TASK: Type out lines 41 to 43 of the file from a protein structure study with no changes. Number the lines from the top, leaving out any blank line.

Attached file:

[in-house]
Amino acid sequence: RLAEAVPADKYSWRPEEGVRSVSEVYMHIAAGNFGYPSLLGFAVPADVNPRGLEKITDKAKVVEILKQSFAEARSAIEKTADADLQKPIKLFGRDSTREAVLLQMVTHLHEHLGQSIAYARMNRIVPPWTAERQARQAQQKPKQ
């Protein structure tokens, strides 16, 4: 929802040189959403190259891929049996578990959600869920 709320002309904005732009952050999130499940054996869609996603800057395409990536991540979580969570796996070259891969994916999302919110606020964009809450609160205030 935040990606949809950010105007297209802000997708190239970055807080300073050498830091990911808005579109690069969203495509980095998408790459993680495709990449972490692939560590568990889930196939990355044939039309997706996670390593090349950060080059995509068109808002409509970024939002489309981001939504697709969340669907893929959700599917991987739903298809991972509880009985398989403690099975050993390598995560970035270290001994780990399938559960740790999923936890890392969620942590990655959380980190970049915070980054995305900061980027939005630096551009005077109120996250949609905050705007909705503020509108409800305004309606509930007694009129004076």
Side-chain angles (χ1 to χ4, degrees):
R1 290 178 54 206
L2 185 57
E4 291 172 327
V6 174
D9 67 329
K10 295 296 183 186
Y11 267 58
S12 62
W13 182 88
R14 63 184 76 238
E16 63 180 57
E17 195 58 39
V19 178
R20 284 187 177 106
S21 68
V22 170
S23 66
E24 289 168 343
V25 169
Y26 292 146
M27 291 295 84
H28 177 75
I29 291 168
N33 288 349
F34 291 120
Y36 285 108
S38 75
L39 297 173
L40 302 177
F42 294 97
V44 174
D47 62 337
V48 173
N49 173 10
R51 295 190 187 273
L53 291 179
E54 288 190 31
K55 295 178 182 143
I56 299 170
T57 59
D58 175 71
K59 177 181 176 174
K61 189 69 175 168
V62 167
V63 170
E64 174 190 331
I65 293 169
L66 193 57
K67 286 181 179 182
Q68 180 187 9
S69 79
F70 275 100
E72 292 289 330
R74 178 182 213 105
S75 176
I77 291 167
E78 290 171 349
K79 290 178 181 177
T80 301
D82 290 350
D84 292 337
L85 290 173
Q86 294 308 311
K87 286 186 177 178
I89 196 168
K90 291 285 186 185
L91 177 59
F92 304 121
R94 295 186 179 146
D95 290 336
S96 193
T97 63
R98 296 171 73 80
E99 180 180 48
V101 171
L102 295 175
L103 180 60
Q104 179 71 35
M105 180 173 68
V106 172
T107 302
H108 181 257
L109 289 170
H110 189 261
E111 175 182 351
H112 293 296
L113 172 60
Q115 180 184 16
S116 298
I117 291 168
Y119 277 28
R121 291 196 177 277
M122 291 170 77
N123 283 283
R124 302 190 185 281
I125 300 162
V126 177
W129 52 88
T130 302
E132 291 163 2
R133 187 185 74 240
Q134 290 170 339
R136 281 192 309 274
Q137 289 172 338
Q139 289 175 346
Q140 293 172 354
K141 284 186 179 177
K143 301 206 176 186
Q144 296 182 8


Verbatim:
E54 288 190 31
K55 295 178 182 143
I56 299 170